Document Type

Journal Article

Publisher

MDPI AG

Place of Publication

Switzerland

School

Medical and Health Sciences

RAS ID

24601

Comments

Originally published as: Blekkenhorst, L. C., Hodgson, J. M., Lewis, J. R., Devine, A., Woodman, R. J., Lim, W. H., ... & Prince, R. L. (2017). Vegetable and Fruit Intake and Fracture-Related Hospitalisations: A Prospective Study of Older Women. Nutrients, 9(5), 511. Available here.

Abstract

The importance of vegetable and fruit intakes for the prevention of fracture in older women is not well understood. Few studies have explored vegetable and fruit intakes separately, or the associations of specific types of vegetables and fruits with fracture hospitalisations. The objective of this study was to examine the associations of vegetable and fruit intakes, separately, and specific types of vegetables and fruits with fracture-related hospitalisations in a prospective cohort of women aged ≥70 years. Vegetable and fruit intakes were assessed at baseline (1998) in 1468 women using a food frequency questionnaire. The incidence of fracture-related hospitalisations over 14.5 years of follow-up was determined using the Hospital Morbidity Data Collection, linked via theWestern Australian Data Linkage System. Fractures were identified in 415 (28.3%) women, of which 158 (10.8%) were hip fractures. Higher intakes of vegetables, but not fruits, were associated with lower fracture incidence. In multivariable-adjusted models for vegetable types, cruciferous and allium vegetables were inversely associated with all fractures, with a hazard ratio (HR) (95% confidence interval) of 0.72 (0.54, 0.95) and 0.66 (0.49, 0.88), respectively, for the highest vs. lowest quartiles. Increasing vegetable intake, with an emphasis on cruciferous and allium vegetables, may prevent fractures in older postmenopausal women.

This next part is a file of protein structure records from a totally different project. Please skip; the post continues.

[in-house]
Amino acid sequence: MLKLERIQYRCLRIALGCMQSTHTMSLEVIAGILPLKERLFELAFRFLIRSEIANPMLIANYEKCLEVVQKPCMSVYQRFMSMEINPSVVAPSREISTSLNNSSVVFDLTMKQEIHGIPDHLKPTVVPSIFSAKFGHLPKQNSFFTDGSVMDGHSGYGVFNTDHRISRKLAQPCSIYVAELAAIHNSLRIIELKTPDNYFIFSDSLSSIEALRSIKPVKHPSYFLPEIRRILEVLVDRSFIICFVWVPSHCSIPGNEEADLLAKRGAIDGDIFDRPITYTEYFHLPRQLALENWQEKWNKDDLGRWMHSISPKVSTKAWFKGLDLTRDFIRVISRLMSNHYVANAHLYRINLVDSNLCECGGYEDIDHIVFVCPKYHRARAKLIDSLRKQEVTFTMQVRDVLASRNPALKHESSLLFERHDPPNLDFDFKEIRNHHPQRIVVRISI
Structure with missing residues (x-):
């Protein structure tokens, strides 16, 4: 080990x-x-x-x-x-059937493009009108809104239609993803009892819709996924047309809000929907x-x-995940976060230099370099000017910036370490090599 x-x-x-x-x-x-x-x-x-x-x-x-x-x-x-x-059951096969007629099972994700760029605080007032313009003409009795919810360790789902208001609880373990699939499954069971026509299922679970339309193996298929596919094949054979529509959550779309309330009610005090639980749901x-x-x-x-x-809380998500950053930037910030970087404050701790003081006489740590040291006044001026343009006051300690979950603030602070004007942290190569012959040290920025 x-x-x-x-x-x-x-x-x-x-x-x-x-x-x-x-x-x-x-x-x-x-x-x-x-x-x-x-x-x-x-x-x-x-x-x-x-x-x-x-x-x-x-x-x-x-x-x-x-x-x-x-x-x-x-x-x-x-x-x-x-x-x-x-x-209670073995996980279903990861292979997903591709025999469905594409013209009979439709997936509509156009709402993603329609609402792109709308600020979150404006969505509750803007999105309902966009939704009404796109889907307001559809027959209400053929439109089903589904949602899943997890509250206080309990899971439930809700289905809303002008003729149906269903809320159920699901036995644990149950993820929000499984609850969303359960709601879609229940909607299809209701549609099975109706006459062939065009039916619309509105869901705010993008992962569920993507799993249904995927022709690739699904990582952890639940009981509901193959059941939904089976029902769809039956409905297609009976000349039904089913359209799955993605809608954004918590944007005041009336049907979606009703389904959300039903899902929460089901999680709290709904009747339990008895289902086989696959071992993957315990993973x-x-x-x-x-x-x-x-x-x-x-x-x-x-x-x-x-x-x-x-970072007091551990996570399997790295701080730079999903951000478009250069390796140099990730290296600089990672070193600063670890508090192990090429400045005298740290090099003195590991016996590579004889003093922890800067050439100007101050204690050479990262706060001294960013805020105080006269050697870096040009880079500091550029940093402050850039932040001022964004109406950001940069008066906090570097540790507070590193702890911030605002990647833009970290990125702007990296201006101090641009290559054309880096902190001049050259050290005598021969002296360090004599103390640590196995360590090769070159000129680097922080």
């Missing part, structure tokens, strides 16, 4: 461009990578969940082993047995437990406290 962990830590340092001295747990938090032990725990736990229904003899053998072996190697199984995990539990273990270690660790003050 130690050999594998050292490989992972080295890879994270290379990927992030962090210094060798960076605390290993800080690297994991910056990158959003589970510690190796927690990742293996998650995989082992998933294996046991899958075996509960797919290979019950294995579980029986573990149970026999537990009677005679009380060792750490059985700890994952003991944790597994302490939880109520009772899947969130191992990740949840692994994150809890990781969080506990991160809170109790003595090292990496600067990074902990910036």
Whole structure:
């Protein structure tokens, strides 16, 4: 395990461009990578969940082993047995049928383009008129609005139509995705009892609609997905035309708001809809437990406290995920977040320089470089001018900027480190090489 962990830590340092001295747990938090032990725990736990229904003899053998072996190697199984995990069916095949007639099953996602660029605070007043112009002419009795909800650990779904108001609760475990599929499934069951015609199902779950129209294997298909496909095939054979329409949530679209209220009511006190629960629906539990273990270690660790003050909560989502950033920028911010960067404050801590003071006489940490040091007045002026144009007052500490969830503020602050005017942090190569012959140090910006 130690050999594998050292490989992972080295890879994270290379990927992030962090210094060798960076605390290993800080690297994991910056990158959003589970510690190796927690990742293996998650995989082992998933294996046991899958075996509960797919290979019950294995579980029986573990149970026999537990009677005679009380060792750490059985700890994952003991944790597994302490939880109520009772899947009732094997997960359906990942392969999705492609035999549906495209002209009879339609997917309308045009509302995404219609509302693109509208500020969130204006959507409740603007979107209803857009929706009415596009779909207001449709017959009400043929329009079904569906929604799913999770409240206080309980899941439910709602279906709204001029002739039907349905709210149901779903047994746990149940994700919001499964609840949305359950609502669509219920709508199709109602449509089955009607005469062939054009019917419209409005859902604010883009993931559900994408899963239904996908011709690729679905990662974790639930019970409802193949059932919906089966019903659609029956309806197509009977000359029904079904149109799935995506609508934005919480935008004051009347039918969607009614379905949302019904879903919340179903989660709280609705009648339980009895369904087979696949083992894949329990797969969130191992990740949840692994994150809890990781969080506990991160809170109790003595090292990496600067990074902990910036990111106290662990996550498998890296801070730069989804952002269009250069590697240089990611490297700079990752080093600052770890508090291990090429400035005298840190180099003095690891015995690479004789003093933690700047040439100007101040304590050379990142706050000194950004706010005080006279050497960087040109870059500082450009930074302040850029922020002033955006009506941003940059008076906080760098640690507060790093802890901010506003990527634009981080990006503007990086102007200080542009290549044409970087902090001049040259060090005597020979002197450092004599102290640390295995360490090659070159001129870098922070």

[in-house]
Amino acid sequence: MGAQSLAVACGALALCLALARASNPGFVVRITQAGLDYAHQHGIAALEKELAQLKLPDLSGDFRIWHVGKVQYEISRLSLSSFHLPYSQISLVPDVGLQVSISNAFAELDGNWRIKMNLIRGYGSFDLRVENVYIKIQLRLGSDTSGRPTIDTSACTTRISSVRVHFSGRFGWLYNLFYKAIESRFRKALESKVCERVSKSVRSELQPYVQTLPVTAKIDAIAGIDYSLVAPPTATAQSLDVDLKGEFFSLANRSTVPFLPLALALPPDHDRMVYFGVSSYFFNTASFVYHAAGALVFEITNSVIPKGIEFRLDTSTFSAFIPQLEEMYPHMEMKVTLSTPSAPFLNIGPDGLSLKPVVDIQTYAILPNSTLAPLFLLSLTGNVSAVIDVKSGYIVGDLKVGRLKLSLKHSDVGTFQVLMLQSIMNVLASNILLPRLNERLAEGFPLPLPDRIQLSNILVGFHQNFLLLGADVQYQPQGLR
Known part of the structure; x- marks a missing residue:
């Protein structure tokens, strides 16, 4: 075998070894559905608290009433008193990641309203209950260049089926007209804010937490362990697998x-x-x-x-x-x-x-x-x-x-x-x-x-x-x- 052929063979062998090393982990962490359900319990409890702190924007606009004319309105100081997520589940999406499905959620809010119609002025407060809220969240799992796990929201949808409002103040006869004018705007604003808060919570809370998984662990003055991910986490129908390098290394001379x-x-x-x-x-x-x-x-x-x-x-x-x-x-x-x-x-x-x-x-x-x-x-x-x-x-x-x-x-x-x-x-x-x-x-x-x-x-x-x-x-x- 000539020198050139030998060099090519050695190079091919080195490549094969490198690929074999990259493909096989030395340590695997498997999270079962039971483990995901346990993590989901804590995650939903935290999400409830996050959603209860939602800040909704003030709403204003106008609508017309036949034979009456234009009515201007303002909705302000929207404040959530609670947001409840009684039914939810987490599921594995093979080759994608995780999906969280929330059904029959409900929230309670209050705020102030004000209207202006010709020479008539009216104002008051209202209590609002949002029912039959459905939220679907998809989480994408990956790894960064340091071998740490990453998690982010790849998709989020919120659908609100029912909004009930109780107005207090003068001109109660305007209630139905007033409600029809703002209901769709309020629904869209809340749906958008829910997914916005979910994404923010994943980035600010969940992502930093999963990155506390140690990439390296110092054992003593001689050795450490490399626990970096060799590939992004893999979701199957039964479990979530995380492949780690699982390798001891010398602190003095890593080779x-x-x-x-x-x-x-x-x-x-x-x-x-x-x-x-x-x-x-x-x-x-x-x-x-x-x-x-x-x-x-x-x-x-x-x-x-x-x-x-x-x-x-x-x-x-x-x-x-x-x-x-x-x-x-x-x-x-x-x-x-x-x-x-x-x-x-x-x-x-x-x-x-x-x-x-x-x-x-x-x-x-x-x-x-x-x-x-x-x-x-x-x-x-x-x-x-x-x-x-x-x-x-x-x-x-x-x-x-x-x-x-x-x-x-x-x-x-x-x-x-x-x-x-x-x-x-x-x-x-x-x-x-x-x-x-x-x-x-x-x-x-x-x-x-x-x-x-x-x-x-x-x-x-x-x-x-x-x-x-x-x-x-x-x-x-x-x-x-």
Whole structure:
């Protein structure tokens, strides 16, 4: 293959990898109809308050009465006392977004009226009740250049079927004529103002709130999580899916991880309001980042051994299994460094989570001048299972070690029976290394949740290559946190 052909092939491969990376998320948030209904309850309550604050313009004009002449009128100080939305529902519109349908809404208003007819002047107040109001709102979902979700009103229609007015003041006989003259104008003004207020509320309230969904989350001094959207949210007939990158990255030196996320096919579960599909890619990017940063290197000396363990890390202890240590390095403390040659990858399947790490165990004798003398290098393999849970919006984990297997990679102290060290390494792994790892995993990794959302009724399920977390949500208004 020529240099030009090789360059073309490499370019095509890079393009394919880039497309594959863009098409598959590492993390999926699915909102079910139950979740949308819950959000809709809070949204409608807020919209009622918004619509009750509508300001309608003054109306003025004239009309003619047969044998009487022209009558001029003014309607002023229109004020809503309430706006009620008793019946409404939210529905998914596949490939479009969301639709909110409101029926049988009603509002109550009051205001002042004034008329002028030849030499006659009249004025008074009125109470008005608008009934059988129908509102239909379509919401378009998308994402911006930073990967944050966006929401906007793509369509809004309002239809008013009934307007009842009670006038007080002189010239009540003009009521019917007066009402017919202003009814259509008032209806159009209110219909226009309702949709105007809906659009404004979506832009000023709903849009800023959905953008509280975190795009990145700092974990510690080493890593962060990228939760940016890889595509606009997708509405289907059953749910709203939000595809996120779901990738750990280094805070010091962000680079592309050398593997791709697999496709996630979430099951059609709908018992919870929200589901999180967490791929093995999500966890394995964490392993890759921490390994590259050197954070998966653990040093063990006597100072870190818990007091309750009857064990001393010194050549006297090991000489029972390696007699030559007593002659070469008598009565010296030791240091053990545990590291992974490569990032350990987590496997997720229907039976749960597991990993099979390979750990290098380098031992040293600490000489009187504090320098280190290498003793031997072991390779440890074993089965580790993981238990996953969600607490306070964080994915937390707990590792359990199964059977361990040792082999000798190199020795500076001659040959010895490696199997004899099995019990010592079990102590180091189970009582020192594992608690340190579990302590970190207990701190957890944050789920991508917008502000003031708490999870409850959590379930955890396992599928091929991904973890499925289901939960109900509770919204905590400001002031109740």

DOI

10.3390/nu9050511

Creative Commons License

Creative Commons Attribution 4.0 License
This work is licensed under a Creative Commons Attribution 4.0 License.

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